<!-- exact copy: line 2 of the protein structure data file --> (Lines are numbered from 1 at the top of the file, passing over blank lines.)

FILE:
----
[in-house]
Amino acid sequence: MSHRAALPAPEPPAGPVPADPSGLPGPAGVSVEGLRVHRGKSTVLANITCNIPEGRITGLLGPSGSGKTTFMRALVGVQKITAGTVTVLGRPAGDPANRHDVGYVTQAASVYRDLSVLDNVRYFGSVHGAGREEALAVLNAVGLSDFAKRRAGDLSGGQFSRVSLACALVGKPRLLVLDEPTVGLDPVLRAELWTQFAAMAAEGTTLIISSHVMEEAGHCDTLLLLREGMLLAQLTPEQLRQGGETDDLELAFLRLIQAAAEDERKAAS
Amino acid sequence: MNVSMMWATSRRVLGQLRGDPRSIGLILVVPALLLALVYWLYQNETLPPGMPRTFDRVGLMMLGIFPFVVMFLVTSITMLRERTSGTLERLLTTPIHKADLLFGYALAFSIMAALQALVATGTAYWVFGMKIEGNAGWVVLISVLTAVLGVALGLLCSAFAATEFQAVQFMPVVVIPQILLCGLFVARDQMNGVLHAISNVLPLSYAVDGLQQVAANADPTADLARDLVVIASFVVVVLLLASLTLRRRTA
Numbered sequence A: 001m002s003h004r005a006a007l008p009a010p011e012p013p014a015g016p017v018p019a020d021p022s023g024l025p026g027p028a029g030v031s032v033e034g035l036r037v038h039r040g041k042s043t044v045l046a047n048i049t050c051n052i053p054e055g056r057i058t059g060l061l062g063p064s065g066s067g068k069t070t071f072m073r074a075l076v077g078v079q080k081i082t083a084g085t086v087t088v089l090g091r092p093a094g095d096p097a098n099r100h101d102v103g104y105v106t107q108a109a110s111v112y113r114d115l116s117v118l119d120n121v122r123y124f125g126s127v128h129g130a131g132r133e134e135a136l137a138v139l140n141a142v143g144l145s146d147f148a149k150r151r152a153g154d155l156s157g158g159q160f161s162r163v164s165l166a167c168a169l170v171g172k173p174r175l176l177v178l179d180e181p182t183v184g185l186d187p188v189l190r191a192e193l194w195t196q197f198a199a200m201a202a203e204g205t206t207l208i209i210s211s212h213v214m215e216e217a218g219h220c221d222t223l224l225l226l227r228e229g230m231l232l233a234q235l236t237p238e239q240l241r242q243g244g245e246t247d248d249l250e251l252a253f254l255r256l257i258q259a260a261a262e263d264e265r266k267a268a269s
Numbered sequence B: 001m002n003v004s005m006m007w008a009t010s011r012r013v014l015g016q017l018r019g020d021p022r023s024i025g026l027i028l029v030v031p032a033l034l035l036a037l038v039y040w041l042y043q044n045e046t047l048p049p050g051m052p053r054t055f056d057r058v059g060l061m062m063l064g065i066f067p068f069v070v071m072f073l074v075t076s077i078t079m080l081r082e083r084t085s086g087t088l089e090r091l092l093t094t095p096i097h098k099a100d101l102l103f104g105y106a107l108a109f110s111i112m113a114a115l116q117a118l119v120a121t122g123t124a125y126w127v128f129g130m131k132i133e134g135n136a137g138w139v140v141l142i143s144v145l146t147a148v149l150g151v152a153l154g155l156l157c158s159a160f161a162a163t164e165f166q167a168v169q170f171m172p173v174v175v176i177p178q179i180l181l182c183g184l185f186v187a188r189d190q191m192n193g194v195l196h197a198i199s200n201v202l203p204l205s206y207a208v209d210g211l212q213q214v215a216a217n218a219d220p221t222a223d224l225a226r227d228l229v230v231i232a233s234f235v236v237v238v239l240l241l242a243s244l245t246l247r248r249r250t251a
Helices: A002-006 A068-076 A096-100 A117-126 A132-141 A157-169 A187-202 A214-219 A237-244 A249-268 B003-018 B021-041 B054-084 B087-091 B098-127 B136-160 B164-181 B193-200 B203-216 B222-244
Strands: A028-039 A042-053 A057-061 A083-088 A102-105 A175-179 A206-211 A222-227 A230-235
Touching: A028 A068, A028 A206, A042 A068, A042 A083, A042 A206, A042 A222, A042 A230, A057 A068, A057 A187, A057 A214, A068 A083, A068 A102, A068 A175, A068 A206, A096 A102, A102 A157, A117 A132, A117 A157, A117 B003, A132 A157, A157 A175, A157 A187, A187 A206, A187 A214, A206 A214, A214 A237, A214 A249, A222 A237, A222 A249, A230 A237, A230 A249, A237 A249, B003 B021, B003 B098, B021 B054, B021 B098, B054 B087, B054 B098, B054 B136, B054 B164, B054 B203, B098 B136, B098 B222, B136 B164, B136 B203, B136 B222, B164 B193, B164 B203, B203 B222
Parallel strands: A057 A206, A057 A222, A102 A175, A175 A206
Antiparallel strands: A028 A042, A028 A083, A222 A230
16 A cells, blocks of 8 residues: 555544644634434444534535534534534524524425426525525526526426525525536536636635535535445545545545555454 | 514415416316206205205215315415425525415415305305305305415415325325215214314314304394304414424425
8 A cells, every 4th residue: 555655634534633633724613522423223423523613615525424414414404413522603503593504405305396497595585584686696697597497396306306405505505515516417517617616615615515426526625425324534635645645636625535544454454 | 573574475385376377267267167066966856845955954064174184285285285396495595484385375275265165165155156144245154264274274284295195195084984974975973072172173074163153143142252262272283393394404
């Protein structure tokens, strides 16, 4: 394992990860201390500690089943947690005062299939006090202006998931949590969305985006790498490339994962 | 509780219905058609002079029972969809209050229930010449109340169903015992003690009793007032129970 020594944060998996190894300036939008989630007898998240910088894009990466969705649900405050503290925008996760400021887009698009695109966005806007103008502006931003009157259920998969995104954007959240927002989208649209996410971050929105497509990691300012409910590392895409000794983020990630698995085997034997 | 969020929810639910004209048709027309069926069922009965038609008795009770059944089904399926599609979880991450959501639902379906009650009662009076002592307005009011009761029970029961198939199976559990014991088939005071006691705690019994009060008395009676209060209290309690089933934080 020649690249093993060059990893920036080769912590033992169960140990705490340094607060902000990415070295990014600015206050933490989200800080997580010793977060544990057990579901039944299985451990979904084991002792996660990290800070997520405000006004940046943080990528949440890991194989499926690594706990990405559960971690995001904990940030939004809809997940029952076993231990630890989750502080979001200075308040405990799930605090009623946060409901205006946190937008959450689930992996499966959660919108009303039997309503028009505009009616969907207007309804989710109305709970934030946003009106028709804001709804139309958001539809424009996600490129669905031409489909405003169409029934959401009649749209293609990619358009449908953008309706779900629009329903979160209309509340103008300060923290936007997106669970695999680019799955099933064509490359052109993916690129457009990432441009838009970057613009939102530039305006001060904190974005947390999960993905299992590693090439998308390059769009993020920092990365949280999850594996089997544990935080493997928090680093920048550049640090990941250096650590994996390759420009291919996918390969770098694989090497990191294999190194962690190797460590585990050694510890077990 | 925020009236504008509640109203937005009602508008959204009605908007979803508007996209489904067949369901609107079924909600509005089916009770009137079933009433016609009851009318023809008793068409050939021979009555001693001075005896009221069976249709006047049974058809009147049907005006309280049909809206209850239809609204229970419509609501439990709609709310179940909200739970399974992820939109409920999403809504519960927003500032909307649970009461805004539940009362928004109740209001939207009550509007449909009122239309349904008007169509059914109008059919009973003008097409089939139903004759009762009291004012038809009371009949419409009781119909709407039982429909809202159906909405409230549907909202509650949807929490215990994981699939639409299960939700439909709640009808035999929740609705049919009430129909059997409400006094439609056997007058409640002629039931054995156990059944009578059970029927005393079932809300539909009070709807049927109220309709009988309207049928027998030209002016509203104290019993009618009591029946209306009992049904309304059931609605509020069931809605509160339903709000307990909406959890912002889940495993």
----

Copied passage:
Amino acid sequence: MSHRAALPAPEPPAGPVPADPSGLPGPAGVSVEGLRVHRGKSTVLANITCNIPEGRITGLLGPSGSGKTTFMRALVGVQKITAGTVTVLGRPAGDPANRHDVGYVTQAASVYRDLSVLDNVRYFGSVHGAGREEALAVLNAVGLSDFAKRRAGDLSGGQFSRVSLACALVGKPRLLVLDEPTVGLDPVLRAELWTQFAAMAAEGTTLIISSHVMEEAGHCDTLLLLREGMLLAQLTPEQLRQGGETDDLELAFLRLIQAAAEDERKAAS